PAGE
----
Feuds are the secret of creative success, says Ben Lawrence in The Daily Telegraph. Take Laurence Olivier and John Gielgud. On the surface the two actors were friendly, but underneath things were unbearably tense. Neither liked the other’s performance style. While Gielgud was mellifluous and bookish, Olivier was physical and earthy. After the latter’s turn as Romeo, Gielgud sniffed that he “was inclined to be too athletic in the bedroom scene with Juliet”. The actor Klaus Kinski and director Werner Herzog were the same. When Kinski threatened to quit Herzog’s 1972 film Aguirre, Wrath of God, the director allegedly held him at gunpoint to make him stay. “Extreme? Perhaps, but the end result was one of the masterpieces of modern cinema.”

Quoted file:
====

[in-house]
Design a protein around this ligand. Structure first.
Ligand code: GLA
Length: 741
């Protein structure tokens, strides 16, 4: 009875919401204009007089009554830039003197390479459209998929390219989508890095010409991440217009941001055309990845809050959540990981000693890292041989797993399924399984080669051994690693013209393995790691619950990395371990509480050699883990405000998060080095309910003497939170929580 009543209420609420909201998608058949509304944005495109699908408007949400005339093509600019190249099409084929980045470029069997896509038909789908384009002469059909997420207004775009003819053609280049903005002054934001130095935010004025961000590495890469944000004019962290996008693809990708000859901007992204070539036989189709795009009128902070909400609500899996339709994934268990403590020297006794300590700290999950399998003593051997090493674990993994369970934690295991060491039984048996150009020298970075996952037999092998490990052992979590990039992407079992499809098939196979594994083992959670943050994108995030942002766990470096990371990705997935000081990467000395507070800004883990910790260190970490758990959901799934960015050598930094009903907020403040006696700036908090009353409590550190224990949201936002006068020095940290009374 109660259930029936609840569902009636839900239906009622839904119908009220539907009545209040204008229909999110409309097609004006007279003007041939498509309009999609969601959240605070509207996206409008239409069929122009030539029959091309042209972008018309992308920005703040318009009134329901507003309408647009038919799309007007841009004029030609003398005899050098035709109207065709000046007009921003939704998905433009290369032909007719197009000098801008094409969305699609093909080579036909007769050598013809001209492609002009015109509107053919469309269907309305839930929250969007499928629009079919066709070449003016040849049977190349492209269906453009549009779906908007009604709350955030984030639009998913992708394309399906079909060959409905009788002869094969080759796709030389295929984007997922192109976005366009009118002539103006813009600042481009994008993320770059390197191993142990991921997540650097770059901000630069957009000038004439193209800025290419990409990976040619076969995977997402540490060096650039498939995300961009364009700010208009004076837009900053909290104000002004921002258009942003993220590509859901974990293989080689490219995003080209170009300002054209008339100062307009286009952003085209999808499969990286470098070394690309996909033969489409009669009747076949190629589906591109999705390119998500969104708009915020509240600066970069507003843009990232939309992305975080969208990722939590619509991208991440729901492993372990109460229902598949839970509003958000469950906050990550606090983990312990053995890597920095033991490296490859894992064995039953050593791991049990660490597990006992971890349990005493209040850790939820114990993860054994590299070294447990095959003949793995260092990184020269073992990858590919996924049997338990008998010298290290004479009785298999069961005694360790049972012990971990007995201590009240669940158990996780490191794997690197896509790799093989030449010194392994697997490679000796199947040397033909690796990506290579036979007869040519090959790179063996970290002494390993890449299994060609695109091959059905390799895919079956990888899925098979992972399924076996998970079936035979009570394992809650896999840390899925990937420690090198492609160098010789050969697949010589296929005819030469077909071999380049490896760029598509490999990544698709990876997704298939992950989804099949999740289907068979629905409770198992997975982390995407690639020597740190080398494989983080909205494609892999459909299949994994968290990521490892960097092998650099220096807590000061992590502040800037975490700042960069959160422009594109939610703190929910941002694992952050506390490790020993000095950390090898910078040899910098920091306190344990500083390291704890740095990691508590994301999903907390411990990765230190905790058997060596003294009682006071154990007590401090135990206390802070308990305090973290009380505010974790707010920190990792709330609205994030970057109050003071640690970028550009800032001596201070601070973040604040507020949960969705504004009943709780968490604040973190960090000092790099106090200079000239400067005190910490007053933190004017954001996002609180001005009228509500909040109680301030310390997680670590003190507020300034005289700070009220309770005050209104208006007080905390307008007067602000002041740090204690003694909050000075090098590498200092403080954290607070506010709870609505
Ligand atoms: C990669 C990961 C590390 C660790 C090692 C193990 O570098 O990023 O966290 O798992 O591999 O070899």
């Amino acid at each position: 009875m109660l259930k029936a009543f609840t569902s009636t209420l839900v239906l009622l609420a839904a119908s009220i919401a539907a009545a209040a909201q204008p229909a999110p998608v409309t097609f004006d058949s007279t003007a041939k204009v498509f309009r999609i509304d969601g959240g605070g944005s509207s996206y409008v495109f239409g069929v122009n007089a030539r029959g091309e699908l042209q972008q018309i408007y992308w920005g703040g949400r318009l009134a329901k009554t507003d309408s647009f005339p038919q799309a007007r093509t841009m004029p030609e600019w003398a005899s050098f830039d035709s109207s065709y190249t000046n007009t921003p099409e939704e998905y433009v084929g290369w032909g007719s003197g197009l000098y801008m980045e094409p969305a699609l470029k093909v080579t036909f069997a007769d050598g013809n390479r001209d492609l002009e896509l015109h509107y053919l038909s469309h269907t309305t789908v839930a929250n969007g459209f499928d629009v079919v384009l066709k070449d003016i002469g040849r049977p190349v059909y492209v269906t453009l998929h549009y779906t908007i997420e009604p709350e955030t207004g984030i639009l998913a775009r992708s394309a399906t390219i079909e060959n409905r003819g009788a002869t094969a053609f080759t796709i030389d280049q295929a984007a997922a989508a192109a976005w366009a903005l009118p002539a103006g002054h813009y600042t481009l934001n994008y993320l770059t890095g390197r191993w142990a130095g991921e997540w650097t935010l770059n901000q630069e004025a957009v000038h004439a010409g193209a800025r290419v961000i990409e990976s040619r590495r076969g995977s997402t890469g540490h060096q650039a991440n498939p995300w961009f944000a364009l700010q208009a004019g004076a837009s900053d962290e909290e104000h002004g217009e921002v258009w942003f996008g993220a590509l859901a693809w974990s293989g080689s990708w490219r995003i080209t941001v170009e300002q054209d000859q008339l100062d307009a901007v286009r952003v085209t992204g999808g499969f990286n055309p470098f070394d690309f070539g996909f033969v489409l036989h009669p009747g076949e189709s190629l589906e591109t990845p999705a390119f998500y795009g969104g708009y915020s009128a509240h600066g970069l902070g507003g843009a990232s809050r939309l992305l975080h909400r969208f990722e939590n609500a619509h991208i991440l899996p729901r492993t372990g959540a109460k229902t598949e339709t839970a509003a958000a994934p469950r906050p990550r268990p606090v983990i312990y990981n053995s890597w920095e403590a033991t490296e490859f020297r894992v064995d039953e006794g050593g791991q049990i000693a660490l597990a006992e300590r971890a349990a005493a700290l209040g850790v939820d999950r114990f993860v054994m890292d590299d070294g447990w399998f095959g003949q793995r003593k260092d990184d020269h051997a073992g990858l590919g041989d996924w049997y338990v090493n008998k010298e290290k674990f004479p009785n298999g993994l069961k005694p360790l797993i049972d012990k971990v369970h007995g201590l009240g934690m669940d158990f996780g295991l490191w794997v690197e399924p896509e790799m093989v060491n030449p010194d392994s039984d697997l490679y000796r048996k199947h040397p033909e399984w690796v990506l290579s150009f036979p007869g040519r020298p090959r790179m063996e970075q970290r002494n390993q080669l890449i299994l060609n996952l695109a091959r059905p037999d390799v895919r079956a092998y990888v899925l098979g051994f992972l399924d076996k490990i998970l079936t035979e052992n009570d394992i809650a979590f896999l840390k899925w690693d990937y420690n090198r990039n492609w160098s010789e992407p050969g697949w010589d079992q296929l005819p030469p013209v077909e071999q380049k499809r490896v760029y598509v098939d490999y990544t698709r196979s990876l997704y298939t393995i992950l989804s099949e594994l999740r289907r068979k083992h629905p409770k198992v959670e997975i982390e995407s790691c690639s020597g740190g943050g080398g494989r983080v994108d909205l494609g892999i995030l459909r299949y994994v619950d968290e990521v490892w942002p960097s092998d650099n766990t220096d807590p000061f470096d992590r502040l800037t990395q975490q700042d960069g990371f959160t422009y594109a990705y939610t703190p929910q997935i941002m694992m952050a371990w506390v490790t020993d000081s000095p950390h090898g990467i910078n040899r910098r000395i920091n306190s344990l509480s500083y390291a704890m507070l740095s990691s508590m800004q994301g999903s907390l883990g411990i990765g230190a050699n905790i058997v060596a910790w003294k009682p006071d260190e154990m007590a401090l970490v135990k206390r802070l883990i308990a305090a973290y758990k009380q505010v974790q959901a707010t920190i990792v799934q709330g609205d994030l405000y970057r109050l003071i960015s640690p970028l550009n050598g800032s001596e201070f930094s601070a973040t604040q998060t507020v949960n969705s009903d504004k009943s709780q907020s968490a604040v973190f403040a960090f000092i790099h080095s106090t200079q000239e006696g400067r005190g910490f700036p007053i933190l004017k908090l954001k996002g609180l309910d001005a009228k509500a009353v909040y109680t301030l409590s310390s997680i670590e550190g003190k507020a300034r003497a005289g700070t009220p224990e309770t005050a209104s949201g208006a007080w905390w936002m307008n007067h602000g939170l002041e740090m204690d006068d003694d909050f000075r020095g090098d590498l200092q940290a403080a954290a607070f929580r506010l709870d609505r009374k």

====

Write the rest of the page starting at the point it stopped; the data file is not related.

But in our new “caring, sharing world”, such feuds are under threat. “Theatre practitioners are under pressure to make rehearsal rooms ‘safe spaces’ and the mantra #BeKind echoes from every social media chamber.” We mustn’t let them win. After all, disagreements force artists to reassess their opinions and egos – improving their work in the process. “Even if it creates a nasty atmosphere, the best culture thrives on conflict.”
Read the full article here (paywall).